The other is artist Jamie Hewlett’s wacky virtual world of 2-D (singer/keyboards), Murdoc Niccals (bass), Noodle (lead guitar) and Russel Hobbs (drums).

This time, both sides collide because Damon decamped to Los Angeles to record with in-demand producer and songwriter Greg Kurstin (Adele, Foo Fighters, Paul McCartney and countless others).

‘Old school synths’

And, in the fictional narrative, the cartoon characters pitch up in the LA suburb of Silver Lake, where band leader and supreme ego Murdoc sets himself up as Great Leader of the Last Cult.

The original idea had been to make a Gorillaz movie, so what better setting to make it than in the home of the Hollywood film industry?

Damon admits: “The movie was the reason for going in the first place.

“We had a contract with Netflix but got unceremoniously dumped when our guy there moved on. That’s LA!”

Despite this setback, the change of scenery proved a breath of fresh West Coast air so he hooked up with Kurstin instead to make music.

“It was a great experience with Greg,” he says. “He’s a brilliant musician, same age as me and we grew up loving the same stuff.”

They also bonded over their shared love of old school synths.

“He’s got a couple of instruments I don’t have,” admits a slightly rueful Damon.

“One is a Yamaha synonymous with the big keyboard sounds of the Eighties.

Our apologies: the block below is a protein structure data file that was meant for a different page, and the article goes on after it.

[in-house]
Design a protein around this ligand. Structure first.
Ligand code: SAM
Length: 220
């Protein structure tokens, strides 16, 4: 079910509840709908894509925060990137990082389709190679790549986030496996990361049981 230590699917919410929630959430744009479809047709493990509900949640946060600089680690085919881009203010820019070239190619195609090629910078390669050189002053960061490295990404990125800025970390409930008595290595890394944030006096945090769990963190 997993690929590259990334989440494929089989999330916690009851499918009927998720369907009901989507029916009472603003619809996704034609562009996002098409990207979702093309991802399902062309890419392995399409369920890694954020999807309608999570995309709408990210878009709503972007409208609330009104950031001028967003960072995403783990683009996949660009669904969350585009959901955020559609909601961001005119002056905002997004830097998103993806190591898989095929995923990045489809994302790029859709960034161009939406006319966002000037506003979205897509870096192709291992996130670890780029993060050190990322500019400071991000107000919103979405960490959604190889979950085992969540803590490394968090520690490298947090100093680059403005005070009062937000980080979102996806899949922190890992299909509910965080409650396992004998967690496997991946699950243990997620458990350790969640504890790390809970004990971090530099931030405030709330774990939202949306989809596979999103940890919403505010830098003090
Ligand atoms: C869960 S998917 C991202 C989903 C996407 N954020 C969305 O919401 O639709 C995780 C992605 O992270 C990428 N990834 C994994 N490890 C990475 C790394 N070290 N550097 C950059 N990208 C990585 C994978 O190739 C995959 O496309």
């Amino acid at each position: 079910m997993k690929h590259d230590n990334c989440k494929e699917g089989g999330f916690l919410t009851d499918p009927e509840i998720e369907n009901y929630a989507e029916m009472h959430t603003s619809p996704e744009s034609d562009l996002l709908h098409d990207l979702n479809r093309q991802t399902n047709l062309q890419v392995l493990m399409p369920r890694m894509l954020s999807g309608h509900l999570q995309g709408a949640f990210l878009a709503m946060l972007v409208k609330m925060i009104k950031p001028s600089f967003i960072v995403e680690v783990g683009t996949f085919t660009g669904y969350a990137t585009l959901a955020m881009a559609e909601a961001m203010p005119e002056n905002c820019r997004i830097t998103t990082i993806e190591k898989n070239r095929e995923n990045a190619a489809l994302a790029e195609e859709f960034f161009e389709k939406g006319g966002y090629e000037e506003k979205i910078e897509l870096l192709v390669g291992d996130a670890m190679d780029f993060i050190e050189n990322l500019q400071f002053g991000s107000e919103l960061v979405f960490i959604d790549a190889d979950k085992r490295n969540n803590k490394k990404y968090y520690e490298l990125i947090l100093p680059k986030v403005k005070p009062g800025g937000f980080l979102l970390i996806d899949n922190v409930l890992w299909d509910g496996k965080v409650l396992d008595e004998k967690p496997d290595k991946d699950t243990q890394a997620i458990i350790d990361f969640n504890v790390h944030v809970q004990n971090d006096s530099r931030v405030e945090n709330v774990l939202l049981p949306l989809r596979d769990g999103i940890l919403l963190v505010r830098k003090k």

“I didn’t buy one at the right time and now you’re looking at paying nearly £100,000 for one. But I’ve rinsed Greg’s on this whole album.”

Damon says the songs came thick and fast. “We literally banged out the record in nine days. Just him and me — apart from a little bass from Thundercat.”


STUART POT, aka 2-D, is the sweet-voiced singer and keyboard player in Gorillaz.

A fan of zombie films and peppermint beverages, 2-D joined the band when Murdoc ran him over.

That was the first of many knocks on the head, which gave the blue-haired frontman a unique way of seeing the world.

Ambition: Running the dodgems at the funfair.

At the same time, he fell in love with his surroundings. “I don’t know what happened, whether Los Angeles decided it liked me or I decided I liked Los Angeles,” he adds.

I had hated it for many years, having been stuck in the static environment of Sunset Boulevard where all bands stay when they’re touring.”

But during lockdown and before heading out to the US, Damon learned to drive again, despite the bicycle being his preferred mode of transport.

This allowed him to get back the licence he briefly owned 25 years ago but lost when he accrued nine points.

“When I got to LA, I hired a car for the first time,” he says. “So I was driving myself everywhere — upstate, downstate, into the desert, into East LA where the Latino culture I love exists.

“I suddenly realised that it was a very creative place and that I had completely and utterly misjudged it. Pure ignorance had caused my prejudice.”

Damon’s new base soon had a profound effect on his endeavours, as he explains.

“So many of my favourite musicians live there. You can call up Beck or Stevie Nicks because they live round the corner.”

That said, he remains wary of being sucked into the lifestyle of LA’s rich and famous.

“I don’t want to live there,” he stresses. “I’m not going to be one of those!

“I’m wary of the transformation that takes place when I spend too much time there.

“In The Hills, you get the feeling that everyone lives in such rarefied air.

“It’s very Roman in the sense that they look down on the city.

“And in downtown LA, skid row is a real thing which upset me so much.

“You see an impassive Amazon robot delivering a pair of socks, travelling past poor homeless people.”